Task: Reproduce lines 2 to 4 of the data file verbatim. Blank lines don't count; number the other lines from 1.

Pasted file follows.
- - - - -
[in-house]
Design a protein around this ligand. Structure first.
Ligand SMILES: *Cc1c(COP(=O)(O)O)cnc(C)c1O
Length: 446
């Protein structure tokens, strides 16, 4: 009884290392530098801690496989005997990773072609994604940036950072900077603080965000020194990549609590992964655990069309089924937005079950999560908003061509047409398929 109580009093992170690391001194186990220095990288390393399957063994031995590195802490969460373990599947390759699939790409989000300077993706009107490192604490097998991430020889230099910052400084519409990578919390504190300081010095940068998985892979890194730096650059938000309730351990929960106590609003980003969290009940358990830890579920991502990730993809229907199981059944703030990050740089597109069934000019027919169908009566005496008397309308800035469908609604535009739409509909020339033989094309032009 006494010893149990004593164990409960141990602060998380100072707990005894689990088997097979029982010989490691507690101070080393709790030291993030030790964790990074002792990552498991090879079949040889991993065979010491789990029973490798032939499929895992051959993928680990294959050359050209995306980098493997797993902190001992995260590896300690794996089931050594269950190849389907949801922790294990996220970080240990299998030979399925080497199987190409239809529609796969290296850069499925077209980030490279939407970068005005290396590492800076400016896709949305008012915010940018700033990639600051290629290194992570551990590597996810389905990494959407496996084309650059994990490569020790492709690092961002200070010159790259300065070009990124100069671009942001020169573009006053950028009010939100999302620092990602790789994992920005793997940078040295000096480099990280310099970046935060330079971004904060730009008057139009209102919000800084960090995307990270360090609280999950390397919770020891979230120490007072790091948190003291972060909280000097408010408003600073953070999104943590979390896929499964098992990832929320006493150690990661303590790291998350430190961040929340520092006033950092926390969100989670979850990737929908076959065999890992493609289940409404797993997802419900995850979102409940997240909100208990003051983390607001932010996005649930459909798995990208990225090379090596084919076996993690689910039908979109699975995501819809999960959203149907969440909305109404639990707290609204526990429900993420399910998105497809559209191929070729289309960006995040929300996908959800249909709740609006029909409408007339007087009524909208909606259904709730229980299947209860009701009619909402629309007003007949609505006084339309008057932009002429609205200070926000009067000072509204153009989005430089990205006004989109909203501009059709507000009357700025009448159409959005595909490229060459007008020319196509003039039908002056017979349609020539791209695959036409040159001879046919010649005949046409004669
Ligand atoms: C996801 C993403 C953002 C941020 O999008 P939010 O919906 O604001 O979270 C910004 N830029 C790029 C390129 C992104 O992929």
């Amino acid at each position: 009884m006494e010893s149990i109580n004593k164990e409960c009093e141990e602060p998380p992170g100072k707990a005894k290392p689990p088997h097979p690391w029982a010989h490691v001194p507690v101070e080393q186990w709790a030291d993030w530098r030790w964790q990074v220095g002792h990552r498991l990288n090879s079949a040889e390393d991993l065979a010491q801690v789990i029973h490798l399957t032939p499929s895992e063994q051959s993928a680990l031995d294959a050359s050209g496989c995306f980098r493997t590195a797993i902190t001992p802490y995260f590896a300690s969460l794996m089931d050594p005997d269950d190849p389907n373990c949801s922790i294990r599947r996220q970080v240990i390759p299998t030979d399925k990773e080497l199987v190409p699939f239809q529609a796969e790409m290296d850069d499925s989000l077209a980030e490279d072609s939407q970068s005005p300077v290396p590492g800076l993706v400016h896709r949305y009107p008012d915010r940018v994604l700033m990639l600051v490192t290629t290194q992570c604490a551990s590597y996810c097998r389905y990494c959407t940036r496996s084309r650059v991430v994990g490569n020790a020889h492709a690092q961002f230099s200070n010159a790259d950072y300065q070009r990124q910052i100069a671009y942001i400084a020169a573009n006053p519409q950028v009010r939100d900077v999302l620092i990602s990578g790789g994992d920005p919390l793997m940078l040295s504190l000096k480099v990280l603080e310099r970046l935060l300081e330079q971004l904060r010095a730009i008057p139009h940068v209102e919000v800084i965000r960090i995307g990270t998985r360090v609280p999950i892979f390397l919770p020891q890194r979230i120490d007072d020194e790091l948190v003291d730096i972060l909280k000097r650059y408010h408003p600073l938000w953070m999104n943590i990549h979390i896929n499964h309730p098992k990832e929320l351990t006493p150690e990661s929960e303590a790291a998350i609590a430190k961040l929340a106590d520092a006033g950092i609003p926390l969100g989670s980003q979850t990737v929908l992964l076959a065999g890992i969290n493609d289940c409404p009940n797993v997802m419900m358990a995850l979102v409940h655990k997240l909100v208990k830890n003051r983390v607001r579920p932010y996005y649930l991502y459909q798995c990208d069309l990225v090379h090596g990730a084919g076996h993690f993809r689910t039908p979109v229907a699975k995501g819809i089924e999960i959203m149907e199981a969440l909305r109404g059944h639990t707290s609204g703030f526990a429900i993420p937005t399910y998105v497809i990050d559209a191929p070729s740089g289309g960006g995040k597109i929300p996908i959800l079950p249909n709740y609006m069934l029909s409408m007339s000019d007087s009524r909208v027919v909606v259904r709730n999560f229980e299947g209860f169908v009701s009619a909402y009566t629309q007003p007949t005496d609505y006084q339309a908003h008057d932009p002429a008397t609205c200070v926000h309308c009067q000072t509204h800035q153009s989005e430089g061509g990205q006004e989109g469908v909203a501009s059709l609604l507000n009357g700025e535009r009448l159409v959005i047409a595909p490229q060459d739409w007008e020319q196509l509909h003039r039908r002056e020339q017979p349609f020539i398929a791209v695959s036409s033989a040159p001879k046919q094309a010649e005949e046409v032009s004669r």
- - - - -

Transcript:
Design a protein around this ligand. Structure first.
Ligand SMILES: *Cc1c(COP(=O)(O)O)cnc(C)c1O
Length: 446